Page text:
where q(f) is the measured corneal thickness at time t\ B is the OESS thickness, S is the initial corneal thickness in excess of B (corneal swelling) when the contact lens is removed, and D is the deswelling rate constant. For each experiment, we determined B, S, and D by using a nonlinear regression technique (S-PLUS; Statistical Systems, Seattle, WA) from corneal thicknesses measured between 1 and 6.5 hours after contact lens removal. Corneal thickness measurements from the first 50 minutes after contact lens removal were excluded from the analysis because stromal pH is decreased during this period,19 and decreased pH reduces the deswelling rate.20 Deswelling was expressed as a clinically meaningful parameter, percent recovery per hour (PRPH): PRPH= (1 - is the value of rca in human corneas of normal thickness (qo~), and was assumed to be 1.6.24 We used the thickness measured at 8:00 AM as the value for qo for each subject. Fluorescence in the anterior chamber and cornea was measured by using a two-dimensional scanning ocular fluorophotometer.14 When this instrument measures fluorescence in a thin structure such as the cornea, the measurement is influenced by cornea thickness because the focal diamond extends slightly beyond the anterior and posterior surfaces of the cornea. This underestimate can be corrected by multiplying the measured fluorescence by a factor based on cornea thickness.15 The relation between the correction factor and thickness was determined by measuring fluorescence of a fluorescein solution in a variable-thickness chamber constructed from two contact lenses, as described by Taarnhoj et al.26 The correction factor, the ratio between fluorescence measured in a solution of 2-mm depth to fluorescence of the same solution at the thickness of the cornea, was approximately linear for thickness between 500 ju,m and 700 jam. Because cornea thickness was intentionally made to change during this study, corneal fluorescence was multiplied by a correction factor based on the thickness measured within 15 minutes of the fluorescence measurement. We determined permeability over two intervals. The first, termed the AM permeability, was calculated from fluorescence measured at approximately 8:00 AM and 11:30 AM, before contact lens insertion and 1 hour after its removal. We did not use fluorescence during the initial 50 minutes after contact lens removal because stromal pH is decreased during this period,19 and decreased pH reduces the fluorescence efficiency of fluorescein.27 The second interval, termed the PM permeability, was calculated from fluorescence measured hourly from noon until 5:00 PM. In the afternoon, corneal fluorescence decreased logarithmically. We attempted to reduce the sensitivity of the PM permeability calculation to errors in measuring Cc by fitting log(Cc) and time to a line. We then used points on the line in place of CJf) in equation 3. For comparison, we also calculated endothelial permeability from the fluorescence data of all 20 subjects in the previous study1 by the standard method, assuming that the cornea was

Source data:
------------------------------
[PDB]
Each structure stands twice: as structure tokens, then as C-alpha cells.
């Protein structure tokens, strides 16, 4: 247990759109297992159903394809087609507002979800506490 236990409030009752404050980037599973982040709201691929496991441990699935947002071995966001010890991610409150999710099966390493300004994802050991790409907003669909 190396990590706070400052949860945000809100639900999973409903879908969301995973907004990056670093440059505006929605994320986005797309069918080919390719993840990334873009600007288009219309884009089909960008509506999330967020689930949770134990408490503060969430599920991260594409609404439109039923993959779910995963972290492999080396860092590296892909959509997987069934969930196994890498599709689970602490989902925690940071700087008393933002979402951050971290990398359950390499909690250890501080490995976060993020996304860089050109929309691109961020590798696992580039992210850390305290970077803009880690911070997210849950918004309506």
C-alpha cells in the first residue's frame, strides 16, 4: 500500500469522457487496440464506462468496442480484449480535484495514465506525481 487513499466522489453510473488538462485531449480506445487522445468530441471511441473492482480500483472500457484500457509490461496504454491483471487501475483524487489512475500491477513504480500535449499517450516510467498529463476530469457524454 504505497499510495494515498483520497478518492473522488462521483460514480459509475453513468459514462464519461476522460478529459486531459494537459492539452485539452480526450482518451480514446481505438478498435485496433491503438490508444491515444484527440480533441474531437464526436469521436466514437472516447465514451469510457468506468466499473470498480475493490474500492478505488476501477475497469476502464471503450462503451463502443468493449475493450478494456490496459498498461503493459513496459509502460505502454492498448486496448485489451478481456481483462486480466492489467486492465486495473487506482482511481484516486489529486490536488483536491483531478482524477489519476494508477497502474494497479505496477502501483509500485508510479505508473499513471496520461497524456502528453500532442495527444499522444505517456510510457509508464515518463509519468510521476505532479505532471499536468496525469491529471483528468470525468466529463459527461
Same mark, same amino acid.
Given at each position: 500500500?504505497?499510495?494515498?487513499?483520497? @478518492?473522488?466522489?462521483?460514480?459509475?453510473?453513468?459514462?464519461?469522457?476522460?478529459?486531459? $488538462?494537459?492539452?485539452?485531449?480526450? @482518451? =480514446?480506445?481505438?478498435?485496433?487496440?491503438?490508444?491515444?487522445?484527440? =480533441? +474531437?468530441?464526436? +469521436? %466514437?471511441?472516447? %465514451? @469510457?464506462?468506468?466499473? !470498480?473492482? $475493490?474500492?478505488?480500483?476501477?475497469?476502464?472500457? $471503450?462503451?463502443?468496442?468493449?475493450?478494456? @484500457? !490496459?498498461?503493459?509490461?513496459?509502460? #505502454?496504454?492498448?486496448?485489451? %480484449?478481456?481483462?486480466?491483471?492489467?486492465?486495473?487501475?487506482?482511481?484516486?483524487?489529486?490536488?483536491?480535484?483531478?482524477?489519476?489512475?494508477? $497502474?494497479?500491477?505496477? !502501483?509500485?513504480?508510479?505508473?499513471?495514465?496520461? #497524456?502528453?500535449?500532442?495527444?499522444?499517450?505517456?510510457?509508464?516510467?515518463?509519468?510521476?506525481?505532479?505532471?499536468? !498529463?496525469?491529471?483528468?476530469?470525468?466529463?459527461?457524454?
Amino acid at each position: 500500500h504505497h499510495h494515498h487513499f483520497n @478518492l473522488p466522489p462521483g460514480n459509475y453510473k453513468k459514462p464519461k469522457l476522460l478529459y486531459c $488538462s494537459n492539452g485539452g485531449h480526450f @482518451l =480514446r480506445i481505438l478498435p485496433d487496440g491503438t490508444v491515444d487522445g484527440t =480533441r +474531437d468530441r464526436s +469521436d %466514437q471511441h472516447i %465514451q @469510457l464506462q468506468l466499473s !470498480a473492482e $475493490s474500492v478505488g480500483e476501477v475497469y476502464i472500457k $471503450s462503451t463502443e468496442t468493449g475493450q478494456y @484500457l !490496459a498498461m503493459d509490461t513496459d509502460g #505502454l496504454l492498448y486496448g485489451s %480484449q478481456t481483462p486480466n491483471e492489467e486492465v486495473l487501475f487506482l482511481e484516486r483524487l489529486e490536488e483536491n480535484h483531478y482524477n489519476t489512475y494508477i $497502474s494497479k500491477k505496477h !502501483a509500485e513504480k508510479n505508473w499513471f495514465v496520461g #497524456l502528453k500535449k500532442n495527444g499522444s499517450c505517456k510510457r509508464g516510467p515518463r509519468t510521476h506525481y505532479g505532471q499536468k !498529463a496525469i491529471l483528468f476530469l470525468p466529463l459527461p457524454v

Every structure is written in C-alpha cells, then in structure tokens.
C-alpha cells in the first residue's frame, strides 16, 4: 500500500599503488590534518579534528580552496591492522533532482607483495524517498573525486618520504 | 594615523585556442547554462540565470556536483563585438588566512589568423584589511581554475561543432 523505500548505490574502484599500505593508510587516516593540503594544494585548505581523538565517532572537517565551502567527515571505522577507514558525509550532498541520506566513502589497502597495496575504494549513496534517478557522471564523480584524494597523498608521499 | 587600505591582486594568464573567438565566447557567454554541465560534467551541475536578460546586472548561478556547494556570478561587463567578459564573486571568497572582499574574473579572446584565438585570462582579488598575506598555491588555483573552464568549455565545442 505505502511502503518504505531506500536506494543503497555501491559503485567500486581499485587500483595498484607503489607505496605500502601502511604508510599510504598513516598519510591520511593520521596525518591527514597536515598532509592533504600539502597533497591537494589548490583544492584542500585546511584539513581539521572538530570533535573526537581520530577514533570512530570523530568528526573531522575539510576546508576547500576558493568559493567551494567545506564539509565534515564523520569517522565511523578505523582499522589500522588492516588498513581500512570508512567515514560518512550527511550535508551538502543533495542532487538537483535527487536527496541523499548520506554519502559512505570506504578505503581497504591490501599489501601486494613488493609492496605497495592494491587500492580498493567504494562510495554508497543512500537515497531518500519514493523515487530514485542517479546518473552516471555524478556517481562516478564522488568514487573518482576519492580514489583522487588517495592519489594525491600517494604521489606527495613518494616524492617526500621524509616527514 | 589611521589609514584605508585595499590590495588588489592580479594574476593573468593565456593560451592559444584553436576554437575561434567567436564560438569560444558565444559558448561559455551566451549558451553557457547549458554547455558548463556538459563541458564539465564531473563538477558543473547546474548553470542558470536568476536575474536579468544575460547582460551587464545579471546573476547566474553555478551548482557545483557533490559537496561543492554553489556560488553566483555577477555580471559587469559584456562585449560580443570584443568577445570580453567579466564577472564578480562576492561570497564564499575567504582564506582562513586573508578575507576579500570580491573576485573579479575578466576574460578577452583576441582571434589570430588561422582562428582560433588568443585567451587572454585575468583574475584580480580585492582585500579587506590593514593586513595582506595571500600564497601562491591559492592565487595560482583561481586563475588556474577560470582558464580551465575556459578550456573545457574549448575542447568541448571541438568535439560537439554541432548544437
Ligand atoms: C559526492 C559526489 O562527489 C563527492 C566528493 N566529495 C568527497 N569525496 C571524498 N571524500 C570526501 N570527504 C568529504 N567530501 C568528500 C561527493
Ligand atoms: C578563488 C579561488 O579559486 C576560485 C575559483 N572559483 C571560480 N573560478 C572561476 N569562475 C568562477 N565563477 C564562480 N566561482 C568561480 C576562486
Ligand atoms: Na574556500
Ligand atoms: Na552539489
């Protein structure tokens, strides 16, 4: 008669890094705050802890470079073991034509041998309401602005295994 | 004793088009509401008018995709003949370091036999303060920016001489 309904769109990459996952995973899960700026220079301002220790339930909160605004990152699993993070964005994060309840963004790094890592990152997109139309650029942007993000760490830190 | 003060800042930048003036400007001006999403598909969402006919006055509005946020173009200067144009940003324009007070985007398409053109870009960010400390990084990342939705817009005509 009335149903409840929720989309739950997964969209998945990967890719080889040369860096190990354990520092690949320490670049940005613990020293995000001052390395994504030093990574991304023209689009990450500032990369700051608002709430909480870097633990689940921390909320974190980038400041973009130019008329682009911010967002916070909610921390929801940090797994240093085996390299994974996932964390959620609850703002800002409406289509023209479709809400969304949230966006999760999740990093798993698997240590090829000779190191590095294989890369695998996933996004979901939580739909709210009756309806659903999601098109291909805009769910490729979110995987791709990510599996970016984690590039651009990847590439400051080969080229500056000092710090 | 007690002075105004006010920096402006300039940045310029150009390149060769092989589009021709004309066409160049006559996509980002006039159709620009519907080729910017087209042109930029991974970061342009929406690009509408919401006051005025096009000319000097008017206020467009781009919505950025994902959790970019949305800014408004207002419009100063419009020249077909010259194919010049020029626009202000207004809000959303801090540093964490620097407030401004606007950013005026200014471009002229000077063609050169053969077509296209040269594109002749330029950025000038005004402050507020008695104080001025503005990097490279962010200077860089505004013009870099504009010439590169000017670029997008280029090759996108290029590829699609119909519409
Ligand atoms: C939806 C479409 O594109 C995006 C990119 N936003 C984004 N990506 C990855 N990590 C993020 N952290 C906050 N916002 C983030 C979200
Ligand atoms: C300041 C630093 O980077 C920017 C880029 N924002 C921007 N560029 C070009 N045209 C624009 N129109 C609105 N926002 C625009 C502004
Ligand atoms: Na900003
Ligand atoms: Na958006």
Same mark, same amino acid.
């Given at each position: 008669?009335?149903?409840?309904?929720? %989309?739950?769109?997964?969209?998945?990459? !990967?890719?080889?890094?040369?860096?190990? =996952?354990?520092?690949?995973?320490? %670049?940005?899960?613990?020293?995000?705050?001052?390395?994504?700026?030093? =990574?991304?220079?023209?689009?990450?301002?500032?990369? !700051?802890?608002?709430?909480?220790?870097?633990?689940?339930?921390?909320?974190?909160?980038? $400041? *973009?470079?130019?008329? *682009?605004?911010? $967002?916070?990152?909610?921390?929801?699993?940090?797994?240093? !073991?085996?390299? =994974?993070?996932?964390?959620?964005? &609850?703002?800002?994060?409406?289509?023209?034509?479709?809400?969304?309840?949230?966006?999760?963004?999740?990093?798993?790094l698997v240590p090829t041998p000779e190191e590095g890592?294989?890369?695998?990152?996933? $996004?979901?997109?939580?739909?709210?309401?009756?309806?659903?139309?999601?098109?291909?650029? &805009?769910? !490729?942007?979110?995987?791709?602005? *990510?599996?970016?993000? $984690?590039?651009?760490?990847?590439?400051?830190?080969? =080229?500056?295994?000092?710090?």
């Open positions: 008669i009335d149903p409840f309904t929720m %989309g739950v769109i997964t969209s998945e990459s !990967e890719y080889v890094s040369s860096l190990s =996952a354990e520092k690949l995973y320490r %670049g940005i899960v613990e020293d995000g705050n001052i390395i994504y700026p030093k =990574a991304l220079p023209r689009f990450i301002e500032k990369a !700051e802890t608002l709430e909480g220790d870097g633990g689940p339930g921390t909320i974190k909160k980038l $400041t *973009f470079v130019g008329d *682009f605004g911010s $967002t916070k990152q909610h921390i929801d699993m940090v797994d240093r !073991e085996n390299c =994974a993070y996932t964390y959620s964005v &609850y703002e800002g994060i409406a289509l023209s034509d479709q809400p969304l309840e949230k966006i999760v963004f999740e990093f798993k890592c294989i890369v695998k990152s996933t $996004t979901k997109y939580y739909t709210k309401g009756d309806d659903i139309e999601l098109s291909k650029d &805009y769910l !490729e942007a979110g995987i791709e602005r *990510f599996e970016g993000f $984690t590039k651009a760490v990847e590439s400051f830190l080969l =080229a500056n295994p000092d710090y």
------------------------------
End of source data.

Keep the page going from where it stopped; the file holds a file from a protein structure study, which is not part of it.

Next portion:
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not swollen.22 A corneal thickness of 0.5 mm was assumed for all subjects. Corneal Endothelial Specular Microscopy. During the baseline examination of each subject, corneal endothelium was photographed 5 to 10 times and central corneal thickness was measured28 with a wide-field contact specular microscope. The photographic negatives were recorded with a video camera, and the apices of 100 cells were digitized from the video image. The mean and standard deviation of cell area and the percentage of cells with six sides were computed by using a commercial algorithm (Bambi system; Bio-Optics, Bedford, MA). We also measured the anterior chamber volume of each eye by using a photogrammetric method.29 Statistical Analysis. We compared treated eyes with untreated eyes by using a paired £-test when the data were distributed normally and a Wilcoxon signed-rank test when they were not. Correlations between continuous variables were made with Pearson's correlation coefficient for normally distributed data and Spearman's rank correlation coefficient for data that were not distributed normally. A two-tailed probability of 0.05 or less was considered statistically significant.